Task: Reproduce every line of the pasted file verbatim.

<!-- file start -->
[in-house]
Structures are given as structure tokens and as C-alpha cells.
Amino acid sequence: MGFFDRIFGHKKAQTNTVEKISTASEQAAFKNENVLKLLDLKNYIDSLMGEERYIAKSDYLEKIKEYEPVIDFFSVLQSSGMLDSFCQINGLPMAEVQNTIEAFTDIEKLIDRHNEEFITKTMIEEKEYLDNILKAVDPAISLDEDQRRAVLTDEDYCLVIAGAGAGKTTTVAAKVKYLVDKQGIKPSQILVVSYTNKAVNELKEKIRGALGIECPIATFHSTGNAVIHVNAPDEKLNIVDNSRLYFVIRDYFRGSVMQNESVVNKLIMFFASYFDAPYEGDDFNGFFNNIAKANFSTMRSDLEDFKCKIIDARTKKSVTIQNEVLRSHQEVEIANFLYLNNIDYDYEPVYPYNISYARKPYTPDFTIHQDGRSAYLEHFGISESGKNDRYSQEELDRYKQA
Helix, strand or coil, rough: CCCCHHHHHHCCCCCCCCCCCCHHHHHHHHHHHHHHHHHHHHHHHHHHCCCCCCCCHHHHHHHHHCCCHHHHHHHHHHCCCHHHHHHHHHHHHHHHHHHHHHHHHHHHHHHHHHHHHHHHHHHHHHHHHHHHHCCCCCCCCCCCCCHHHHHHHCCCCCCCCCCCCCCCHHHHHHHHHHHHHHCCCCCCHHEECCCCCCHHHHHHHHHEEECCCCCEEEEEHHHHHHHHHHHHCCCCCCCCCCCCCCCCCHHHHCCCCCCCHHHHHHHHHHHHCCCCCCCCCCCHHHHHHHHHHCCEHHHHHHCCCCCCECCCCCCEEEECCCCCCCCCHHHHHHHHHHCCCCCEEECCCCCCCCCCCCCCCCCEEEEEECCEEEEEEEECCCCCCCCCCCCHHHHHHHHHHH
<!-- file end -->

[in-house]
Structures are given as structure tokens and as C-alpha cells.
Amino acid sequence: MGFFDRIFGHKKAQTNTVEKISTASEQAAFKNENVLKLLDLKNYIDSLMGEERYIAKSDYLEKIKEYEPVIDFFSVLQSSGMLDSFCQINGLPMAEVQNTIEAFTDIEKLIDRHNEEFITKTMIEEKEYLDNILKAVDPAISLDEDQRRAVLTDEDYCLVIAGAGAGKTTTVAAKVKYLVDKQGIKPSQILVVSYTNKAVNELKEKIRGALGIECPIATFHSTGNAVIHVNAPDEKLNIVDNSRLYFVIRDYFRGSVMQNESVVNKLIMFFASYFDAPYEGDDFNGFFNNIAKANFSTMRSDLEDFKCKIIDARTKKSVTIQNEVLRSHQEVEIANFLYLNNIDYDYEPVYPYNISYARKPYTPDFTIHQDGRSAYLEHFGISESGKNDRYSQEELDRYKQA
Helix, strand or coil, rough: CCCCHHHHHHCCCCCCCCCCCCHHHHHHHHHHHHHHHHHHHHHHHHHHCCCCCCCCHHHHHHHHHCCCHHHHHHHHHHCCCHHHHHHHHHHHHHHHHHHHHHHHHHHHHHHHHHHHHHHHHHHHHHHHHHHHHCCCCCCCCCCCCCHHHHHHHCCCCCCCCCCCCCCCHHHHHHHHHHHHHHCCCCCCHHEECCCCCCHHHHHHHHHEEECCCCCEEEEEHHHHHHHHHHHHCCCCCCCCCCCCCCCCCHHHHCCCCCCCHHHHHHHHHHHHCCCCCCCCCCCHHHHHHHHHHCCEHHHHHHCCCCCCECCCCCCEEEECCCCCCCCCHHHHHHHHHHCCCCCEEECCCCCCCCCCCCCCCCCEEEEEECCEEEEEEEECCCCCCCCCCCCHHHHHHHHHHH